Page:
If you have not yet figured out that “net neutrality” is textbook propaganda through the re-definition of words, you need to get up to speed in a hurry.  (Recommended source:  everything on the topic written by L. Gordon Crovitz for the Wall Street Journal over the latest few years – e.g., “What a Tangled Web Obama Weaves” in today’s (11/17/14) edition.)   Propaganda, remember, is the use of facts or ideas, often false or exaggerated, to advance a political cause. The fundamental falsehood of “net neutrality” is that it is neutral, or fair.  On the contrary, what “net neut” does is to put the Internet at the mercy of the rankest form of governmental control and manipulation – including the picking of winners and losers – and thus to ensure that the financial outcomes of the provision of internet service are different from the outcomes that would ensue from the application of the market forces of supply and demand.   Friedman and Hayek would be appalled, and you should be, too.

The essence of the implementation of Net Neut would be for the FCC to reclassify the Internet, to make it a utility under Title II of the Communications Act of 1934,  a classification that, when applied to AT&T a long time ago, eventually necessitated its breakup in the 1980s because it had become a bloated, inefficient obstacle to the development of technological advancement in telecommunications services.   Under Title II, the feds would be given authority to approve, prioritize, and set “just and reasonable” prices for broadband.   In other words, this is governmental price-fixing, just as with AT&T, just as in the infamous Nixon Price Controls catastrophe that caused the shortages and gas-station riots of the early 1970s.    For that matter, just as in Russia and China and every other planned,  statist economy in the world.  Not only that, the switch, as Crovitz points out, would trigger a hidden tax of 16.1% of interstate revenues from the provision of internet service.  Key providers of enormous amounts of Internet service (e.g., Netflix and YouTube, which utilize more than 50% of all US Internet service during peak hours), would be barred from “paid prioritization” (paying extra fees for getting faster lanes for internet usage), which could radically affect their financial models.  Yes, Netflix is not necessarily an innocent victim here, but don’t get drawn into the elaborate cat fights as government regulation turns everyone into a rent-seeker who does not have “clean hands” in the debate; each of the Net Neut proponents, and each more- or less- co-opted supporter, appears confident that it can construct a Rube Goldberg contraption that works better than free markets.  This is a shell game, and each player seems confident that the public (Jonathan Gruber’s “too stupid” public) cannot keep track of the pea.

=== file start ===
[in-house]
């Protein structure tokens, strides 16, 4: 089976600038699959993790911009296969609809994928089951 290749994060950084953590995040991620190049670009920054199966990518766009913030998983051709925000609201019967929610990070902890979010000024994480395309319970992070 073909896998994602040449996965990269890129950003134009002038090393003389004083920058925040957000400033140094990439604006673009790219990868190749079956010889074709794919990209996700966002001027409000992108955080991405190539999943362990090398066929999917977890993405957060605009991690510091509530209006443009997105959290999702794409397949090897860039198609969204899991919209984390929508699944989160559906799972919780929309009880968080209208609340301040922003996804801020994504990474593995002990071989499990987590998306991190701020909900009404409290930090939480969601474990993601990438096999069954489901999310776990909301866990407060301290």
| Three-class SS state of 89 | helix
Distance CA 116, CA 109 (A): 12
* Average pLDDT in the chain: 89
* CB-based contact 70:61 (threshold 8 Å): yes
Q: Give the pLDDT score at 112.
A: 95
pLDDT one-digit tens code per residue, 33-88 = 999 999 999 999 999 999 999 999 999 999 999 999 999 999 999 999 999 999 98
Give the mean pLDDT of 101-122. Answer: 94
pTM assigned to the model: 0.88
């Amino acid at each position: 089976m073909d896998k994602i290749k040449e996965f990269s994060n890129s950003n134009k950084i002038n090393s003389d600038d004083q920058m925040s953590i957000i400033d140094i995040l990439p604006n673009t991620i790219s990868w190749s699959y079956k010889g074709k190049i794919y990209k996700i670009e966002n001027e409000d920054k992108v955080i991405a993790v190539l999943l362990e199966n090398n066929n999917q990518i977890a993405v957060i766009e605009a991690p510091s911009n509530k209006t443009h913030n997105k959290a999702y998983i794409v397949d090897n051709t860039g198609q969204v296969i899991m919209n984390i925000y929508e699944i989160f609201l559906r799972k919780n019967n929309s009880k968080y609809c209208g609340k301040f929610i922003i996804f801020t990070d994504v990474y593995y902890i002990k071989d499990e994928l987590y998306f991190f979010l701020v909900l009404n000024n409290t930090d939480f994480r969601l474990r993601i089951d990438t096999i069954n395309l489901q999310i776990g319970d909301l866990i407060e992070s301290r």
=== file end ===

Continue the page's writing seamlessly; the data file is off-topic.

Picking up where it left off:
There would be exceptions and gradations, as the micromanagement model came to fruition in the context of our modern-day mix of crony capitalism and corruption, but that only fills in the picture of how a socialistic, planned economy really operates.  The principal business of business becomes the evasion/avoidance of governmental regulation, rather than old-fashioned increases in productivity, revenues, and profits. Already there are numerous precedents, as Net Neut – as has already been observed by many – is to information-technology and telecommunications what ObamaCare is to healthcare:  the nationalization of an entire industry.  See also what is being . done in banking and finance.

This is way more serious than most people think.  In particular, all of this seems to come as a surprise to a surprisingly large number of techies and other people who earn their livelihood from developing or working with Internet-based resources – especially if they are young lefties, clueless when it comes to matters involving free markets and other freedoms they so ignorantly and ungratefully exploit in modern America.

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